More than forty-two years ago, a small group of people came together with a vision: to start a Reform congregation in Bedford. These people were filled with idealism as they sought to create a setting that would be rooted in liberal Jewish values of welcoming all who would choose to be a part of us, the practice of kindness toward those within and those outside the congregation, and a community where one’s ability to contribute money would not be the criterion of importance to the congregation.
We were then as we are now: A “mixed multitude” of people with different backgrounds—Orthodox, Conservative, Reform, some who hadn’t been part of a congregation for many years, and of course, there were those who were not Jewish among us. But we all shared a common purpose: To create a Jewish setting that would be worthy, authentic and welcoming of all. Still we embrace the same goals, and in truth, we work hard to fulfill those goals, even as we have grown so much over the years.
A great spirit of volunteerism prevailed in those early years. As we rented space at the Unitarian Fellowship in Mt. Kisco, I recall that it was common for our people to move tables and chairs, set out prayer books for all who would attend our services, and families would rotate in sponsoring the Oneg Shabbat following our Sabbath services.
How to recapture that spirit of volunteerism? We have so many people in our congregation with so many skills and talents. How might we better benefit from all that you bring to us? At this time of change for our congregation, I would love to see more people come forth to offer their skills and insights that might lead to a greater degree of involvement. As we strive to be responsive to people’s needs and desires, we seek more people to help us to achieve that goal.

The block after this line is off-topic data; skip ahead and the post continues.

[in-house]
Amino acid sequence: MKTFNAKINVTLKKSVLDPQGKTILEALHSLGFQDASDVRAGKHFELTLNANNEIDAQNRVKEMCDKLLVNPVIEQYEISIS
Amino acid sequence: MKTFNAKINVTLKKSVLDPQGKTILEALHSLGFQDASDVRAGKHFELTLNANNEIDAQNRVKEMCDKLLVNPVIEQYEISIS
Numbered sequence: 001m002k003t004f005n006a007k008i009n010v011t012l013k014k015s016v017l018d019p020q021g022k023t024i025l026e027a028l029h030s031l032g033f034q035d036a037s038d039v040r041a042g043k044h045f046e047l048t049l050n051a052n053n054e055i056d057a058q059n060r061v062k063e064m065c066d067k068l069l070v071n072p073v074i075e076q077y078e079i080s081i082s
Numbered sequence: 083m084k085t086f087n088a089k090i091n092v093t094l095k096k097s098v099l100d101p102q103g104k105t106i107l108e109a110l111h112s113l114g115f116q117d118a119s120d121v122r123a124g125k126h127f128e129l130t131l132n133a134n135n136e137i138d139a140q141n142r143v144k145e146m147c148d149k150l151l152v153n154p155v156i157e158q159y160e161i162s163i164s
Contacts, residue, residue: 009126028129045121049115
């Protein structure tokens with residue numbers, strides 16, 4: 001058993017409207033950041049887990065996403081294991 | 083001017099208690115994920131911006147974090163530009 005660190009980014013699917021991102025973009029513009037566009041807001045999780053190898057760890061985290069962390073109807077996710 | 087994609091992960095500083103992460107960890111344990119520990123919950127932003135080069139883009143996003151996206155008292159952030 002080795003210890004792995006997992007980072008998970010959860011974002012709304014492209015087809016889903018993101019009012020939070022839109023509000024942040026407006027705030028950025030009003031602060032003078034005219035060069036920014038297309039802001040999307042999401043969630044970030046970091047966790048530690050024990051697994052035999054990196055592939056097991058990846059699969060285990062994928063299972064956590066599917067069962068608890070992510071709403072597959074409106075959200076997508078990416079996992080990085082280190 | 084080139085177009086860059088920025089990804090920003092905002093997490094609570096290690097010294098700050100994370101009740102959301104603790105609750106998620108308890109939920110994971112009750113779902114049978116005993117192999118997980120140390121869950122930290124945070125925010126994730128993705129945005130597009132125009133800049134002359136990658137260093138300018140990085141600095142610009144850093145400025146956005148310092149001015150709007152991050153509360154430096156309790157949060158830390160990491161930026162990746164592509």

The story is told of a king who sought to host a great celebration. He invited the entire kingdom, asking only that everyone bring a flask of wine that would be poured into a common barrel from which everyone would drink. But each person thought: “What small difference will my tiny flask make, and so they each brought a flask of water.” Came time to celebrate and drink, and of course, the people drank water as all said to themselves: “My small amount of wine will not make a difference.”
I ask of you that you bring your own “flask of wine” to our Temple community. Surely, we all have something to give than can enrich our congregation, and deepen the satisfaction that you feel in being a part of us. Long ago our sages declared: “It is not for you to complete the task, but neither are you free to turn away from it.” Yes, we need you!
I wish you Shabbat Shalom as I hope to see you at our outdoor service this evening. It promises to be a beautiful evening of song, celebration and Jewish affirmation.